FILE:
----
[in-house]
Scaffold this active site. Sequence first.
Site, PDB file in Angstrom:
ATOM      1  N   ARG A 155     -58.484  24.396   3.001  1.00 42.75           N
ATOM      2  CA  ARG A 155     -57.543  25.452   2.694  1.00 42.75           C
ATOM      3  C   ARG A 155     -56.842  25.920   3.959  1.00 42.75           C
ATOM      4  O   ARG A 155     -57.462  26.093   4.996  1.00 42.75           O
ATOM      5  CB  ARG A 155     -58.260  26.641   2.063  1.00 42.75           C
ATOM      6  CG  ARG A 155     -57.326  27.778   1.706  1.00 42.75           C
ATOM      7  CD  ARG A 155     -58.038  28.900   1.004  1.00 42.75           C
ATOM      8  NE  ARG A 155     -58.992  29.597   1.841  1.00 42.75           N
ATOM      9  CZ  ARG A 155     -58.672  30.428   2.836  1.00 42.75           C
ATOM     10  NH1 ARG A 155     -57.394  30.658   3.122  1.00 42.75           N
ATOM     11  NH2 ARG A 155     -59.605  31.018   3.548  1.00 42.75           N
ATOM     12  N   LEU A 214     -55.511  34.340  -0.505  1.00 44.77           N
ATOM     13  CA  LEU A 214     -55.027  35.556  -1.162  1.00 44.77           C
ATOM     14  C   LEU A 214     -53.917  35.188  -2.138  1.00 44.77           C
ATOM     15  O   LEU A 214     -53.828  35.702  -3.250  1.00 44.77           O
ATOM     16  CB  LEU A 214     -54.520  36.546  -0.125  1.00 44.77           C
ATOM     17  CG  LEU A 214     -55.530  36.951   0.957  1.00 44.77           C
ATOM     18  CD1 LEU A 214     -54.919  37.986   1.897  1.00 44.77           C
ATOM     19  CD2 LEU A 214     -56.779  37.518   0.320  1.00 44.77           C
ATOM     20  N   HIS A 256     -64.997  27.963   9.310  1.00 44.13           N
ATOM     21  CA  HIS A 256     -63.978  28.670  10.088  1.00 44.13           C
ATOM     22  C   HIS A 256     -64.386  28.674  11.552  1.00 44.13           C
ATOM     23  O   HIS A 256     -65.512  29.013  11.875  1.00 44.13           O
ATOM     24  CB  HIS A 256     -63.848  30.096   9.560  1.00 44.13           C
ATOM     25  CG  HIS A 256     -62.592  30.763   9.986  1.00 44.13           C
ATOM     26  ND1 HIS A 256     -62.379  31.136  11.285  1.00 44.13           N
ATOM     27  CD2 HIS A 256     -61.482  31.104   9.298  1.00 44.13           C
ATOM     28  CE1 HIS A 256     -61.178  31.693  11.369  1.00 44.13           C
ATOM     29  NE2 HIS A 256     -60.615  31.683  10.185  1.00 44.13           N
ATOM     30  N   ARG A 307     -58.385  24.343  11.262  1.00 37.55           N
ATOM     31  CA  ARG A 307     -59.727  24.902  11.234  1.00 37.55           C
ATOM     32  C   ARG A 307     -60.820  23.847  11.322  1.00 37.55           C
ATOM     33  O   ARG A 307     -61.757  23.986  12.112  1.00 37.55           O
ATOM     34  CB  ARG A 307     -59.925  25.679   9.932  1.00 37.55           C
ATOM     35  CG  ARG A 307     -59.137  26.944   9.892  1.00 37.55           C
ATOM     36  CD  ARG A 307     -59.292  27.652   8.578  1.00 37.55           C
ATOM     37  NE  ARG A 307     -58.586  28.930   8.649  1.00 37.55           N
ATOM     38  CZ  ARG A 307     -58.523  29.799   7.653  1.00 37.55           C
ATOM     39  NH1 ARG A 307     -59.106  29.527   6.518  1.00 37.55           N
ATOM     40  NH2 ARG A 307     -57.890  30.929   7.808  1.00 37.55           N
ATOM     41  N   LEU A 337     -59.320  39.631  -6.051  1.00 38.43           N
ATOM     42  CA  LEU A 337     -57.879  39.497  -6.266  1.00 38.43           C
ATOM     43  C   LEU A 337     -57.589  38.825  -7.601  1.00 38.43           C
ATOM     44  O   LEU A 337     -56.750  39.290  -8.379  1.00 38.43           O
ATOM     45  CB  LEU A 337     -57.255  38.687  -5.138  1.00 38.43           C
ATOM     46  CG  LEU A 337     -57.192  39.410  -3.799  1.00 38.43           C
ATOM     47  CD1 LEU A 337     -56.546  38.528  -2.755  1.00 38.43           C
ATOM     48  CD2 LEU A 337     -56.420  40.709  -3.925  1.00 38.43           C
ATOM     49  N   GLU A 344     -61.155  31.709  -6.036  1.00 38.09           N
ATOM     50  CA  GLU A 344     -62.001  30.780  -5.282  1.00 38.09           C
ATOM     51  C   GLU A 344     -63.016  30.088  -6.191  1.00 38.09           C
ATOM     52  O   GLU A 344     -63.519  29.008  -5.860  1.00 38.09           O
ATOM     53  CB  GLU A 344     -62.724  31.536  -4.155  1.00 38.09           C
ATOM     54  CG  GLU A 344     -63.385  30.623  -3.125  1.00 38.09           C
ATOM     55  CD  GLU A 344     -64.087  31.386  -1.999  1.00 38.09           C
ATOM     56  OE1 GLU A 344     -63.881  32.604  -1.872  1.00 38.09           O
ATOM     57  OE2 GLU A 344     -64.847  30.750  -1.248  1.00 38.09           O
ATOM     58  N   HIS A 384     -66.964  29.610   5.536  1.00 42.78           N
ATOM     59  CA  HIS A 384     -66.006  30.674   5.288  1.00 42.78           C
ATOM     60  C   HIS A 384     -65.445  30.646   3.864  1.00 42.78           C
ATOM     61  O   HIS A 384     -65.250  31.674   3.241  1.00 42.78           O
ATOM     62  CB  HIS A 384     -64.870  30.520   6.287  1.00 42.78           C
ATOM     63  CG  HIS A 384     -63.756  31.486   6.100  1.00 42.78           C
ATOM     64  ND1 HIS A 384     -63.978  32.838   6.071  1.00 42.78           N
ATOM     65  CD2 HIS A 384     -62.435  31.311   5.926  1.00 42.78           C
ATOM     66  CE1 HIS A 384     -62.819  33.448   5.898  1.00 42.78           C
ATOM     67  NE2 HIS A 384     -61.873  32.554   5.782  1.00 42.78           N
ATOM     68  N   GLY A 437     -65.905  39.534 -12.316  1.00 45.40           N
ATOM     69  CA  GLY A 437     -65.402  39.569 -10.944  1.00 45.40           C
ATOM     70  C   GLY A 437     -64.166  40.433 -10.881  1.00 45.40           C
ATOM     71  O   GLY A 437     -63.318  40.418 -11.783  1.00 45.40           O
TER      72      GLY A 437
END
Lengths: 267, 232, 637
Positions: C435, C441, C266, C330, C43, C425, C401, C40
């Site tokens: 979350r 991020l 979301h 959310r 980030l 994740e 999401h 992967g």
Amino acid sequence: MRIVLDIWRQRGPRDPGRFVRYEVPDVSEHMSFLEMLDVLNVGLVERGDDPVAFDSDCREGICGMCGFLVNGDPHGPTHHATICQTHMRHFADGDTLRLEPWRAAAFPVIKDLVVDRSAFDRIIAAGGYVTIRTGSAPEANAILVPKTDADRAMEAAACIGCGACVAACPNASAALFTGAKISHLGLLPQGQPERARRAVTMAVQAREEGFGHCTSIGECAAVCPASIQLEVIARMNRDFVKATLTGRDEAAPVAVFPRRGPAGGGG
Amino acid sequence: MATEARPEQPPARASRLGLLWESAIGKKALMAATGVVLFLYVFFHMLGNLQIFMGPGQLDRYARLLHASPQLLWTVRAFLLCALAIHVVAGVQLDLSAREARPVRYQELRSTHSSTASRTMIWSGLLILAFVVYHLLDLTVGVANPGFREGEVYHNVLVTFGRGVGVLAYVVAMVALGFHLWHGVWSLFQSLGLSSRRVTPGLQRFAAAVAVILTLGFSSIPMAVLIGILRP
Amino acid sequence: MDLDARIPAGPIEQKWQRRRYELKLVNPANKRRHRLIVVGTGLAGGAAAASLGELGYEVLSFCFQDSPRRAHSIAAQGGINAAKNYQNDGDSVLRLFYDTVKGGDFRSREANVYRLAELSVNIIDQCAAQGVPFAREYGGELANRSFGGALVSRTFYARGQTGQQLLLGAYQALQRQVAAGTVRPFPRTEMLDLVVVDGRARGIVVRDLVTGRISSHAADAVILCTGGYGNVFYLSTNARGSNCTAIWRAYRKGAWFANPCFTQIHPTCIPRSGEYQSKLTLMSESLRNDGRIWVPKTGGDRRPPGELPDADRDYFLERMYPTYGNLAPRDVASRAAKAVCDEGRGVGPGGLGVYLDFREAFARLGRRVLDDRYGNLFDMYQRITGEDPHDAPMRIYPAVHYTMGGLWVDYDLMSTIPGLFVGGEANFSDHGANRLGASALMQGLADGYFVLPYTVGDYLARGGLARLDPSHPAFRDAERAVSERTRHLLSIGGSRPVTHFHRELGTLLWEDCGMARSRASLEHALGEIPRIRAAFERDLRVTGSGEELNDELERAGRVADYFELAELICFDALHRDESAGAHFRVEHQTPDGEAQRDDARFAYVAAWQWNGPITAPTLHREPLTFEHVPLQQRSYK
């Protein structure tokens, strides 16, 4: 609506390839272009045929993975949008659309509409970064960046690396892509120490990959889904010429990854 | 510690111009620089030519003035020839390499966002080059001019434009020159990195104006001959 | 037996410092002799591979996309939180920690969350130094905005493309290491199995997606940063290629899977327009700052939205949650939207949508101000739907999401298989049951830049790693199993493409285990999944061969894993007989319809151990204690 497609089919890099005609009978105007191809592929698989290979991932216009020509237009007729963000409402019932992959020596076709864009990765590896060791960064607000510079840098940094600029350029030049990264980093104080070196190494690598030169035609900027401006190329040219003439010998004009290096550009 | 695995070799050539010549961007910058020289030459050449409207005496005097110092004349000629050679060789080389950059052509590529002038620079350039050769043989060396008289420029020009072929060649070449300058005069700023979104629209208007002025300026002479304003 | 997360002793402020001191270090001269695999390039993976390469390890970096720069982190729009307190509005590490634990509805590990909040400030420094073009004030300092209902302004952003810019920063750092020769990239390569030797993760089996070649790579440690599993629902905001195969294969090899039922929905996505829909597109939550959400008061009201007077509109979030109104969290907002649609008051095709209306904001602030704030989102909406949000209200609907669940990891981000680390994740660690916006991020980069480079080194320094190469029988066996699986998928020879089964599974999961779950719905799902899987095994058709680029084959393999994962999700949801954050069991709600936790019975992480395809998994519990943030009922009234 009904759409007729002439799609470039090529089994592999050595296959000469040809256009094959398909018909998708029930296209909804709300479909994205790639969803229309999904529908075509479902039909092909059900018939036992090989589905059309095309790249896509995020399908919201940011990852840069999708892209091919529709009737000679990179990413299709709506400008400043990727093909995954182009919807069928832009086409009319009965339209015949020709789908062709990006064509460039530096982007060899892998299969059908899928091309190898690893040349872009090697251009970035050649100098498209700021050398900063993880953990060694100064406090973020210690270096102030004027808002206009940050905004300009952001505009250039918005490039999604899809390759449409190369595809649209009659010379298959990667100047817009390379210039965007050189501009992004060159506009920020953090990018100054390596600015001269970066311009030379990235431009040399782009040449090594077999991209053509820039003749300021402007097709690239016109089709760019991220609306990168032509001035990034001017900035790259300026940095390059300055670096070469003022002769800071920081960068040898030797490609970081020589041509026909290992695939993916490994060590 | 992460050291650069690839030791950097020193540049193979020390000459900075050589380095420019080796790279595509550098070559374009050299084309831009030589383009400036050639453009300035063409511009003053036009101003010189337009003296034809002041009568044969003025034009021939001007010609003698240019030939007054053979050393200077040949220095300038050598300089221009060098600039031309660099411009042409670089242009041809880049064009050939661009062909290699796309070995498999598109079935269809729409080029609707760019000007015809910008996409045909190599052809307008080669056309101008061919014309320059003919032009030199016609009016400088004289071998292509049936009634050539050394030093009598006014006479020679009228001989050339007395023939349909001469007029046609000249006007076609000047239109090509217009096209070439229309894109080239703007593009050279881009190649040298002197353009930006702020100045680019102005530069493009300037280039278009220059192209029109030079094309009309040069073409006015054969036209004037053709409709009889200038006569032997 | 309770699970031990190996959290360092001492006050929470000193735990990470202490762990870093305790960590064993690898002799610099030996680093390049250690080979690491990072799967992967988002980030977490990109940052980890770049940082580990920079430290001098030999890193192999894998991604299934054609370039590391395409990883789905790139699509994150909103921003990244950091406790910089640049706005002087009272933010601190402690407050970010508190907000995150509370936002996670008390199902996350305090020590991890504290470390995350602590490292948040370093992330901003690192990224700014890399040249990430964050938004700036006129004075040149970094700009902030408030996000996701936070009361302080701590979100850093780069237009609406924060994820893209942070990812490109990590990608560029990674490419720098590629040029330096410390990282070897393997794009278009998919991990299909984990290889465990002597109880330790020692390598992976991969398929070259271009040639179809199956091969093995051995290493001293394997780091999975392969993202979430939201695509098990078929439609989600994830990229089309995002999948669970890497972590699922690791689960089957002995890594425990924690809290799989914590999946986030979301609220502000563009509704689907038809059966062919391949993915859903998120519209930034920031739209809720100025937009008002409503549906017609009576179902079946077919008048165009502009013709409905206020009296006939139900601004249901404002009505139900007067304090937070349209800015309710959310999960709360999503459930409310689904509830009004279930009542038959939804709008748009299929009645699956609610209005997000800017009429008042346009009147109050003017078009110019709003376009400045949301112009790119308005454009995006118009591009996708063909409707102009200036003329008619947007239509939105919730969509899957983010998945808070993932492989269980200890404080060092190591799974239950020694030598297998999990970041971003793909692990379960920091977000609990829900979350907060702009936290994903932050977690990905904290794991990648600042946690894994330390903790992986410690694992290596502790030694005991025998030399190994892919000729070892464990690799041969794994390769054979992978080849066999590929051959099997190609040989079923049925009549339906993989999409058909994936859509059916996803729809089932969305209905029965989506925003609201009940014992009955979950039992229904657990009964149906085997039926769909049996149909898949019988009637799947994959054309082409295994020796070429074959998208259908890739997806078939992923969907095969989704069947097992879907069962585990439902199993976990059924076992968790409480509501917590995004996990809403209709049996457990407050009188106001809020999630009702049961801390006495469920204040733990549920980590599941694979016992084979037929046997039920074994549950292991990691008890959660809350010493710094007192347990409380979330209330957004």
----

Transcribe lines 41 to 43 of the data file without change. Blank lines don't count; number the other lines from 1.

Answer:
ATOM     38  CZ  ARG A 307     -58.523  29.799   7.653  1.00 37.55           C
ATOM     39  NH1 ARG A 307     -59.106  29.527   6.518  1.00 37.55           N
ATOM     40  NH2 ARG A 307     -57.890  30.929   7.808  1.00 37.55           N